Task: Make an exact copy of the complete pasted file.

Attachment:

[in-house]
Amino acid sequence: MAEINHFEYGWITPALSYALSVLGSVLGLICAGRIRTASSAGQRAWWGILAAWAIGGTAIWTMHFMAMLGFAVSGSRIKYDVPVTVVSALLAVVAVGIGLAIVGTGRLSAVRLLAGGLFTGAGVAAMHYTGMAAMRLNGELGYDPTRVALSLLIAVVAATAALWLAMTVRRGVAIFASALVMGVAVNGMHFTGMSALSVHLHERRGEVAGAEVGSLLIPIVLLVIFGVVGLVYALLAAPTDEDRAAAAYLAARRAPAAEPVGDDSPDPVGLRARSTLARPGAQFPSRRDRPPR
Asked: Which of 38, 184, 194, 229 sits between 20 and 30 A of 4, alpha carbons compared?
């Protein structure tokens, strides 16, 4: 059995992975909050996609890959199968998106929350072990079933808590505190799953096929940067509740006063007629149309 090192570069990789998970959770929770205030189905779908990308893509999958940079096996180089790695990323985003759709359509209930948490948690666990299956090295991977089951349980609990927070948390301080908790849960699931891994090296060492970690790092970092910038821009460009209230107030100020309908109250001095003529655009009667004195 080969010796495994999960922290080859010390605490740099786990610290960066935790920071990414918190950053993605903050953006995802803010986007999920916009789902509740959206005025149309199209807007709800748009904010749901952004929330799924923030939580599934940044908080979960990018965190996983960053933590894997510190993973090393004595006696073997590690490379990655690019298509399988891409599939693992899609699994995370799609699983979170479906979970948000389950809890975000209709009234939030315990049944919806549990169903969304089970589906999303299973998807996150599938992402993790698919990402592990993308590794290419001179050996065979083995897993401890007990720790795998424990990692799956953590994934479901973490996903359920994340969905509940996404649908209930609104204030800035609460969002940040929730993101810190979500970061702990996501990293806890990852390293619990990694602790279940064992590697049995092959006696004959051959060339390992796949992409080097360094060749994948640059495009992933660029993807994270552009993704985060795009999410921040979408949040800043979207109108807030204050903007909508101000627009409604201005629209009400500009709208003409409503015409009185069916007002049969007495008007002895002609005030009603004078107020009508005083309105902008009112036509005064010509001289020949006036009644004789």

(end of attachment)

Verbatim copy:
[in-house]
Amino acid sequence: MAEINHFEYGWITPALSYALSVLGSVLGLICAGRIRTASSAGQRAWWGILAAWAIGGTAIWTMHFMAMLGFAVSGSRIKYDVPVTVVSALLAVVAVGIGLAIVGTGRLSAVRLLAGGLFTGAGVAAMHYTGMAAMRLNGELGYDPTRVALSLLIAVVAATAALWLAMTVRRGVAIFASALVMGVAVNGMHFTGMSALSVHLHERRGEVAGAEVGSLLIPIVLLVIFGVVGLVYALLAAPTDEDRAAAAYLAARRAPAAEPVGDDSPDPVGLRARSTLARPGAQFPSRRDRPPR
Asked: Which of 38, 184, 194, 229 sits between 20 and 30 A of 4, alpha carbons compared?
């Protein structure tokens, strides 16, 4: 059995992975909050996609890959199968998106929350072990079933808590505190799953096929940067509740006063007629149309 090192570069990789998970959770929770205030189905779908990308893509999958940079096996180089790695990323985003759709359509209930948490948690666990299956090295991977089951349980609990927070948390301080908790849960699931891994090296060492970690790092970092910038821009460009209230107030100020309908109250001095003529655009009667004195 080969010796495994999960922290080859010390605490740099786990610290960066935790920071990414918190950053993605903050953006995802803010986007999920916009789902509740959206005025149309199209807007709800748009904010749901952004929330799924923030939580599934940044908080979960990018965190996983960053933590894997510190993973090393004595006696073997590690490379990655690019298509399988891409599939693992899609699994995370799609699983979170479906979970948000389950809890975000209709009234939030315990049944919806549990169903969304089970589906999303299973998807996150599938992402993790698919990402592990993308590794290419001179050996065979083995897993401890007990720790795998424990990692799956953590994934479901973490996903359920994340969905509940996404649908209930609104204030800035609460969002940040929730993101810190979500970061702990996501990293806890990852390293619990990694602790279940064992590697049995092959006696004959051959060339390992796949992409080097360094060749994948640059495009992933660029993807994270552009993704985060795009999410921040979408949040800043979207109108807030204050903007909508101000627009409604201005629209009400500009709208003409409503015409009185069916007002049969007495008007002895002609005030009603004078107020009508005083309105902008009112036509005064010509001289020949006036009644004789």